4. One representative of the elementary school principals.

5. The Galvin Middle School principal.

6. One representative of the central office staff selected by them, excluding the School Business Administrator, who may be called upon by the School Committee to support its discussions.

7. One parent representative selected by a joint meeting of the elementary and middle school PTO’s from eligible names submitted.

8. One community-at-large representative selected by blind drawing of eligible names submitted to the School Committee.

9. One representative of Town Government selected by the Town Administrator. This town representative may be the Town Administrator.

Markham said that the subcommittee would welcome additional suggestions if anyone feels that another group should be represented.

He also reviewed the subcommittee’s suggested timetable, as set out on the recommendation memorandum.

• Jan. 9: School Committee hears recommendation of the Labor Relations subcommittee, discussed and votes to select a process and any or all of its components.

• Jan. 23: School Committee votes to approve qualifications and job posting details.

• Jan. 24: School Committee posts the Job Vacancy Announcement with application deadline of February 23.

• Feb. 1: Deadline for representative groups to submit names of its recommended member of the Screening Committee.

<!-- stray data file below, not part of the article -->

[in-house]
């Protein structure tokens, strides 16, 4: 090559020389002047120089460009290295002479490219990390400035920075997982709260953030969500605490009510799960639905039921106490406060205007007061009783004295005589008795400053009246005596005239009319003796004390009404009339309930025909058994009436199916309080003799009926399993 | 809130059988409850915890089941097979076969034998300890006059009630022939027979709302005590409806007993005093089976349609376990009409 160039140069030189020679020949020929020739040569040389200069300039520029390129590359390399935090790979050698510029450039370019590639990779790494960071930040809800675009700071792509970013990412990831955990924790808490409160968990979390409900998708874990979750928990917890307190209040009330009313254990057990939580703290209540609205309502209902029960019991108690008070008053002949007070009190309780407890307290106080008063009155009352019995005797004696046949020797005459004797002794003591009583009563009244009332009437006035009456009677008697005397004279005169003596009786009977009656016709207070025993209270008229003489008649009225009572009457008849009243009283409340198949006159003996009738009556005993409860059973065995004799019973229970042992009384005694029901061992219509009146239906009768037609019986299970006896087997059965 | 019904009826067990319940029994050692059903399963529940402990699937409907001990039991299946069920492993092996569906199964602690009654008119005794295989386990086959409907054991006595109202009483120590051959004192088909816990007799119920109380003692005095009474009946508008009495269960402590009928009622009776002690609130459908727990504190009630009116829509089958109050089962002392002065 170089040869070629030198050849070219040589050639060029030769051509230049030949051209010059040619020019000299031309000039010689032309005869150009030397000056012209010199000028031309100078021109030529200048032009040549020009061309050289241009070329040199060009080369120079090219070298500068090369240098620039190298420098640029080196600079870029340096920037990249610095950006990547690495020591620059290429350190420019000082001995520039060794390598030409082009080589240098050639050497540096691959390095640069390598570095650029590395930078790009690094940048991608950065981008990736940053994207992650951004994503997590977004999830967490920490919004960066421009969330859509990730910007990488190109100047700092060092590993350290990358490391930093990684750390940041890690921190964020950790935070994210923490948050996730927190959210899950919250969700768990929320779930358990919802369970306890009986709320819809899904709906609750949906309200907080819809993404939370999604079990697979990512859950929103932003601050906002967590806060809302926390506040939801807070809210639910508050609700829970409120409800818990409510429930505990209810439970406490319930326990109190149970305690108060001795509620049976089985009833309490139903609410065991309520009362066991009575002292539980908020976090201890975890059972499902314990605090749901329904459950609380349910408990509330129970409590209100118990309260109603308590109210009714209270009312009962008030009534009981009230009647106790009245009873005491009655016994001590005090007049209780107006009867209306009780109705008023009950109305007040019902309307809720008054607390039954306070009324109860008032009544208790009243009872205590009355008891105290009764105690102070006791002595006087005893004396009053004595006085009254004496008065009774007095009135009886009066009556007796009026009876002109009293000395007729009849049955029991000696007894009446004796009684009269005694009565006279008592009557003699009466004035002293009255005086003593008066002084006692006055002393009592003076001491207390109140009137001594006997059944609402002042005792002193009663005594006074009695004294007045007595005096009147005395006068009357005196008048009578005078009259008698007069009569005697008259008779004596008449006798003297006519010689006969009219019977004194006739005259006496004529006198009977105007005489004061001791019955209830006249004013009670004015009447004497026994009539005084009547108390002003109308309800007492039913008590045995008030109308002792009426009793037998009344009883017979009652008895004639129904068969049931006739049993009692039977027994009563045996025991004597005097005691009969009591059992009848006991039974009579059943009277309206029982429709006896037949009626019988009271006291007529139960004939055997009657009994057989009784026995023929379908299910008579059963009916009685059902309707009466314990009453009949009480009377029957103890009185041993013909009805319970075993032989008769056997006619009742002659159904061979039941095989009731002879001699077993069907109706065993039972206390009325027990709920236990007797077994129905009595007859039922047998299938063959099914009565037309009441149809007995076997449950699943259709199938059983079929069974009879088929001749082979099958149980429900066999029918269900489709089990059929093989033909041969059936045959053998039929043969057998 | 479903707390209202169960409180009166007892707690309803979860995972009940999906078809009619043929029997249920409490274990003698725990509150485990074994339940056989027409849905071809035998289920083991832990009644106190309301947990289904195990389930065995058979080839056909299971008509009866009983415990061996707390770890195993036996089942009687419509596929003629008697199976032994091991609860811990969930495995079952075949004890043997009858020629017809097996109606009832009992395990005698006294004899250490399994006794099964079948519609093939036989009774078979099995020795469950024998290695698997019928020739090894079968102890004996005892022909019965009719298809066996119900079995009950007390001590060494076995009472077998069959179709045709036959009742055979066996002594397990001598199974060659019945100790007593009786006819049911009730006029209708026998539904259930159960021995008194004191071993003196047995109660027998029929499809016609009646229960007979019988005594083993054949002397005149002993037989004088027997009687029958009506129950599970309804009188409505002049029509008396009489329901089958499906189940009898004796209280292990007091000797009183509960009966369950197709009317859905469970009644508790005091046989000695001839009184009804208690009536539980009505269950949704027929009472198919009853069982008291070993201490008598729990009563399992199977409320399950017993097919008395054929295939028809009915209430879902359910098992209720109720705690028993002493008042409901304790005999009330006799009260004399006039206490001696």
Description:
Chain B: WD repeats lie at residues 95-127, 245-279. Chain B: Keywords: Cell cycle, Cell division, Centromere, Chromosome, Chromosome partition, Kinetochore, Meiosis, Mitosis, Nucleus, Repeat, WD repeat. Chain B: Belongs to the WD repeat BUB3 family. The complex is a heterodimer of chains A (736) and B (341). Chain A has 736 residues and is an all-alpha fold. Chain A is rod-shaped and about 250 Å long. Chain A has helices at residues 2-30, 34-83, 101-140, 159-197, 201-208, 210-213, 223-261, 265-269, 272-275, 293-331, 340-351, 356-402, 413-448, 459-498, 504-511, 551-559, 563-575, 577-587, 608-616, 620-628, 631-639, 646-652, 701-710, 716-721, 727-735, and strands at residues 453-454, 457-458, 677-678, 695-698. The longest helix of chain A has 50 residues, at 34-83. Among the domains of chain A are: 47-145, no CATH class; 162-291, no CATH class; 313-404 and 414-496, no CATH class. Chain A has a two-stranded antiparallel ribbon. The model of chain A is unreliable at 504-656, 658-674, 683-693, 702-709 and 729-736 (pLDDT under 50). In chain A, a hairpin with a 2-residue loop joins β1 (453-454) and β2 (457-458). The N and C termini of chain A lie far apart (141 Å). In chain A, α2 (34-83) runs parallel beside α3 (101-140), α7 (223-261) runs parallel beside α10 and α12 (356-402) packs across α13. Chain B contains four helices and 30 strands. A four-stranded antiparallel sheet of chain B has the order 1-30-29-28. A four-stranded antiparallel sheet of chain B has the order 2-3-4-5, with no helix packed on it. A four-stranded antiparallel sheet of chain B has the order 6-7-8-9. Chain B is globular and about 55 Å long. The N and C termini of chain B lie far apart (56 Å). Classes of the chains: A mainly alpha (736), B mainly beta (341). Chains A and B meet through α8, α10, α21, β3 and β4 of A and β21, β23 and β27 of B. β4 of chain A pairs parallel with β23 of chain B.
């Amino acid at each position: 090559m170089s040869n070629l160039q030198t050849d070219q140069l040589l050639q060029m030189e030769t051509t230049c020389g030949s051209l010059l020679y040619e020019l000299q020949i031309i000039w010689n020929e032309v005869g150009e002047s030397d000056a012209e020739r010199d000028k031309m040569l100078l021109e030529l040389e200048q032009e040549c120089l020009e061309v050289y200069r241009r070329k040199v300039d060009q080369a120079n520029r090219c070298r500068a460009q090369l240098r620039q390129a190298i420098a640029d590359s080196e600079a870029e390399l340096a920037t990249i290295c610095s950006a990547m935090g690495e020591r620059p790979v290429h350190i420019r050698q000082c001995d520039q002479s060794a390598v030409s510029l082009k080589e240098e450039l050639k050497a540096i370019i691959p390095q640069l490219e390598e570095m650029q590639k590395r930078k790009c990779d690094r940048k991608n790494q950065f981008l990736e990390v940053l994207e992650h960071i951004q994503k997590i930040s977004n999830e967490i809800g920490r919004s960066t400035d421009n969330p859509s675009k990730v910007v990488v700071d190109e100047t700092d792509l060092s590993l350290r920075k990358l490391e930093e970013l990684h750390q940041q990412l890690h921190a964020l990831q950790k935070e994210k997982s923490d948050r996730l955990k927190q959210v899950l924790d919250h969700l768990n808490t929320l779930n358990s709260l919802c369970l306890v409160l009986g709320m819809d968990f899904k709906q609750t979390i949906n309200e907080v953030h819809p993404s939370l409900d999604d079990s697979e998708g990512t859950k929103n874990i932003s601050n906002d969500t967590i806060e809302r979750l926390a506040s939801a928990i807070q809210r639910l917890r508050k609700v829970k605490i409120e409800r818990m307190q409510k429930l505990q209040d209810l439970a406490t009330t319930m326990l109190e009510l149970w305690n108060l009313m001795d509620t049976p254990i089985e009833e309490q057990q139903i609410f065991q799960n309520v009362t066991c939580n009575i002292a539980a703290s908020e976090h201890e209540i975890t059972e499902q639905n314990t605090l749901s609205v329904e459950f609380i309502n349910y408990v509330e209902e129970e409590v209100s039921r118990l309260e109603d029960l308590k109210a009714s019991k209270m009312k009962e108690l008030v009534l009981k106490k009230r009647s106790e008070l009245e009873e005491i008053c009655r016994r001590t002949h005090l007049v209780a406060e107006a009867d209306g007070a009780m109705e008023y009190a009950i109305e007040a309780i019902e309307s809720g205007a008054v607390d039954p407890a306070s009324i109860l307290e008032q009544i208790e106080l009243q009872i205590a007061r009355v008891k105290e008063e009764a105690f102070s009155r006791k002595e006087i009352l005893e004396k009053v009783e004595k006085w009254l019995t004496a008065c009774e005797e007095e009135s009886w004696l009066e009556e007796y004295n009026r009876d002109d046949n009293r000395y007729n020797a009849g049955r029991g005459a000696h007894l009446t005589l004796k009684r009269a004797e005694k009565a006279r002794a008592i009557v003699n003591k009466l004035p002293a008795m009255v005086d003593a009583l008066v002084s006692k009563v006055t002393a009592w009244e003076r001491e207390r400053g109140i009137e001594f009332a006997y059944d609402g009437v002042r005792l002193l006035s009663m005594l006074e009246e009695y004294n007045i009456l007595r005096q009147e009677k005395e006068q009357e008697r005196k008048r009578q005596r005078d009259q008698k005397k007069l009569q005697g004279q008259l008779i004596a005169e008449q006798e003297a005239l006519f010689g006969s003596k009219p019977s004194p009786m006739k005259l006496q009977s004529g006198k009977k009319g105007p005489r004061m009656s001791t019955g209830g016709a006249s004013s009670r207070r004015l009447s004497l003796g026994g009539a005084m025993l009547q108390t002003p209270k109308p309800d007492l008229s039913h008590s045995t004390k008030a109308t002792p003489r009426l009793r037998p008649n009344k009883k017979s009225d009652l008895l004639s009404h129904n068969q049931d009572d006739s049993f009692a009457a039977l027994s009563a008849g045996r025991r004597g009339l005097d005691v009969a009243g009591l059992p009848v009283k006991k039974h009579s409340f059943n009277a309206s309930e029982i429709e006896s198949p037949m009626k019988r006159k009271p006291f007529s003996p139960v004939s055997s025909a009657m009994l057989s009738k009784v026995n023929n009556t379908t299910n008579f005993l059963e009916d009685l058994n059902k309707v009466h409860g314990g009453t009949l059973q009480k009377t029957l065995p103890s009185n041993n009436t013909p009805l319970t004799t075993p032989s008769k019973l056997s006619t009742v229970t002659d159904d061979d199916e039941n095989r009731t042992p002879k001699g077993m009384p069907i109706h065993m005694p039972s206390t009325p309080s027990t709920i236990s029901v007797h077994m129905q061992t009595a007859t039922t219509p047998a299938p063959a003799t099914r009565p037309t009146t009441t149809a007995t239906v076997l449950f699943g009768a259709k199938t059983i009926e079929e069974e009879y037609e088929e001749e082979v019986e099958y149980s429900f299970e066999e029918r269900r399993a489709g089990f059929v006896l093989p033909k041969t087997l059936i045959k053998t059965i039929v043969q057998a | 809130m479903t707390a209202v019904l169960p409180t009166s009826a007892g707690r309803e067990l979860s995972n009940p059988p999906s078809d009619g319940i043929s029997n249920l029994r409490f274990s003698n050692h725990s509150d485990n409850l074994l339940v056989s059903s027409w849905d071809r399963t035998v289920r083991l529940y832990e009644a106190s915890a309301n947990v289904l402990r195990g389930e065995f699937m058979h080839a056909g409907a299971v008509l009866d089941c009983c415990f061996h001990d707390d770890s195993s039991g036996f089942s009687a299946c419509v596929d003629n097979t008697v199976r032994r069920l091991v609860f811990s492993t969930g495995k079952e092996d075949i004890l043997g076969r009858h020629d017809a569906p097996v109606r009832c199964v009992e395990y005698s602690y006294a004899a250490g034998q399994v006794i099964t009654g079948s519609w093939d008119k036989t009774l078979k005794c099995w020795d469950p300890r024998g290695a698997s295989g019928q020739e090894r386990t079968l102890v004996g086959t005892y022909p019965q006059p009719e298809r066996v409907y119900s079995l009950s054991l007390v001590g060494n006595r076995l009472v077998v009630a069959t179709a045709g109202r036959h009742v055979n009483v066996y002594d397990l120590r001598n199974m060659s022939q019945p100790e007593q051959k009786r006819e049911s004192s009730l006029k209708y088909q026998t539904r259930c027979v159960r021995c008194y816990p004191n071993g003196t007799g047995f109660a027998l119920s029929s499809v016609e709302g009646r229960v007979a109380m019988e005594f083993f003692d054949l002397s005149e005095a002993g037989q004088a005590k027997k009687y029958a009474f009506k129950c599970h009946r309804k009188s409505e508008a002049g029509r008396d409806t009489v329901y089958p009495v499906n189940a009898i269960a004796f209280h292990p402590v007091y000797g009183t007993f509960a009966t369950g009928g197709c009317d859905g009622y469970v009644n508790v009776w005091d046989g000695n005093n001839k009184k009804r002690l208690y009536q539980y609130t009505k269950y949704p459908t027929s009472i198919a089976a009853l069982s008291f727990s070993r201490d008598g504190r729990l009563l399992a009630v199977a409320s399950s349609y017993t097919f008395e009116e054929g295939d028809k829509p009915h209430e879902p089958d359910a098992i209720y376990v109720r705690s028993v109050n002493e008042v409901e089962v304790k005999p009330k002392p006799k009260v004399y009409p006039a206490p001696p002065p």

• Feb. 6: School Committee to hold Special Meeting to discuss final role of Screening Committee, amend timeline if necessary, and appoint Screening Committee members.

• Before Feb. 23: Screening Committee shall host at least one parent and community forum that has been properly and publicly advertising and promoted.

• Between Feb. 23 and March 16: Screening Committee to meet, as it sees fit, to evaluate all applications, narrow down the total applicant pool to a number to be interviewed by them and be prepared to make its public recommendation for finalists to the School Committee.

• March 20: School Committee to publicly receive the names and qualifications of the finalists from the Screening Committee.

• Week of March 26: School Committee to host public, community informal gathering(s) for each finalist, and, as it deems, candidate site visits.

• Week of April 2: School Committee to hold public interviews of finalists

• April 10: School Committee to publicly deliberate and vote to appoint the next school superintendent, subject to successful contract negotiations.

• Between of April 11 and 16: Labor Relations subcommittee meets with the superintendent-elect to discuss and negotiate contract terms of employments, including compensation.

• April 17: School Committee holds Special Meeting to hear and discuss negotiated employment terms and to vote on final appointment, including the awarding of an employment contract to become effective July 1, 2018.

School Committee chairman Rob Tiro asked members last night for their thoughts on the subcommittee recommendation of the second, locally based search option. The consensus seemed to be in accord with the subcommittee recommendation but the full committee deferred a formal vote to a future meeting.

Last night, the School Committee tasked the Labor Subcommittee with creating a vacancy posting and job description.